Wednesday, 25 June 2008

Finished wiring the lights

That's that then. Finished wiring the lights in the boot:

Having completed wiring all the lighting I set about checking everything - including hazards and indicators - using a 12v power probe on the main body loom dashboard connectors. Everything checked out OK.
With no news on the windscreen front it looks like I might have to start thinking about fitting the dreaded roll hoops!

Monday, 23 June 2008

More Lights and Exhausts

Fitted the last of the lights tonight - the reversing light and the fog light. I carefully marked the position of the lights to get them centred - but when I fitted the exhaust tail pipes it soon became obvious that the exhausts were off centre by about an inch or so. So there was nothing for it but to crawl underneath and slacken of the rear rubber hanger - pull the exhaust across with a ratchet strap and tighten it all up again - oh for a four poster lift!! The next problem was the length of the tailpipes:A bit too long - OK if you have the rear nudge bar fitted - but I'm not going to have one. So - out with the grinder and 2" was lopped off the tailpipes:Much better:
Now looking at this picture I think I still need to move the exhaust to nearside a bit more - don't know how much adjustment is left??

With all the lights fitted and can now finish off the loom in the boot - tomorrows job.

Note: This foglight will not pass SVA as it does not have a parabolic reflector - so I'll have to come up with a temporary SVA fix.

Thursday, 19 June 2008

Wiring the front lights

I think I mentioned in an earlier post that the headlights and front indicators have a lot of excess wiring. On factory cars this all appears to be pushed back through the holes in the inner wing - connected together with bullet connectors and bundled up - in a place which is pretty awkward to get to

I didn't fancy doing this.... so instead I got hold of some proper waterproof headlamp connectors and cut the loom and lamp wires back. There are four wires to each headlight and two to each indicator. However the indicators have wires that loop out to the side repeaters. Because most waterproof connectors employ wire seals that only work on single wires - you need to use a four way connector for the indicators but loop the wires like this:
The rest is straightforward if a little cramped working inside the wheelarch. The two connectors were fixed to the inner wing with two p-clips with a single fixing:

A much tidier job.... and much easier to remove the lights when it is eventually time for painting. One thing I've noticed.... all these small jobs seem to take longer than I thought?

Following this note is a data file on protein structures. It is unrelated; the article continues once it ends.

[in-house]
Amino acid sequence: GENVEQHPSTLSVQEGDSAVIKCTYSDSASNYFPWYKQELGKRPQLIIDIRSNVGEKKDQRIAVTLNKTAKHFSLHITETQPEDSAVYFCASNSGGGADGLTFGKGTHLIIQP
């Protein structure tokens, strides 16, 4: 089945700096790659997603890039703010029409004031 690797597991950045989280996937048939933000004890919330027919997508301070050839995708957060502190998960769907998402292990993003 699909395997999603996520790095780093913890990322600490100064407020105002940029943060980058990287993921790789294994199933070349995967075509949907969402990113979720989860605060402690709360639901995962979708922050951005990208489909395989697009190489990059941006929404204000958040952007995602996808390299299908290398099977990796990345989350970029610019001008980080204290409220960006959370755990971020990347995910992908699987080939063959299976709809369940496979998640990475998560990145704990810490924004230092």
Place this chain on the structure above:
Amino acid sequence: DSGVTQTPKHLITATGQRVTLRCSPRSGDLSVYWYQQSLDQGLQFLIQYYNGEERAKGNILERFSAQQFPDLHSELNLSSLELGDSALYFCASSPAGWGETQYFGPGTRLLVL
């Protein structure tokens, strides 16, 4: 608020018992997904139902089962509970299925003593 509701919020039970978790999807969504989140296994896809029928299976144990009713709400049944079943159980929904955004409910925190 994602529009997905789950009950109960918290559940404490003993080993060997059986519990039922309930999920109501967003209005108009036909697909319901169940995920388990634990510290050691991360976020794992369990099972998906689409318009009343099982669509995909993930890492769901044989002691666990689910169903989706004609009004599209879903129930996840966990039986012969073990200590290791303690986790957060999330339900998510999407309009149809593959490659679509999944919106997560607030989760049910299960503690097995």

Sunday, 15 June 2008

More Lights

I decided to continue fitting the lights - this time at the rear - the idea being that this allows me to finish off all the electrical looms,

It seemed to take a long time to fit the four rear lights but this was mainly due to taking my time to ensure both sides were level and spaced the same:
Next I thought I would fit the number plate light,,,, easier said than done! The cable for the light has to run between the two boot lid skins along the strengthening rib. First of all it has to pass through the hinge and into the boot lid (remove the hinge whilst propping the boot lid so you can take it off to drill the holes):
For the life of me I could not get my cable puller pushed all the way round the strengthening rib as the corners were too tight. So I had to resort to what the factory do and drill two holes in the corners:
When done a grommet soon tidies the holes up:
You will need to remove the boot latch to help feed the cable. I found my cable needed extending and the boot latch hole was a convenient place to do this.

I drilled the holes for the fixing bolts on the outer skin but drilled a bigger hole on the inner skin. This allows enough room to get a socket in to tighten the fixing:
And when you are done two more grommets again make it a tidy job:

So there goes another day in the garage - slow progress - but I'm finding it takes longer doing these kind of things as it will be obvious if something is not level or doesn't match across the car.

Saturday, 14 June 2008

More Parts & Progress

Picked up the next batch of parts yesterday - with one notable exception - the windscreen. Supplier problems means it will be at least a few weeks until this is ready. Also the steering column wasn't finished.... but I can't fit that until the screen is in so it didn't really matter. In addition quite a few of the bits I picked up can't be fitted until the screen is in - lets hope it's not going to be too long?

I started the day with a bit of an awkward task..... fitting the front under-tray. The tray fits between the radiator frame mounts and the radiator itself. Now obviously I didn't fancy taking the rad out! So the solution is to offer up the tray and mark where the radiator fixing bolts will go - and then cut some slots: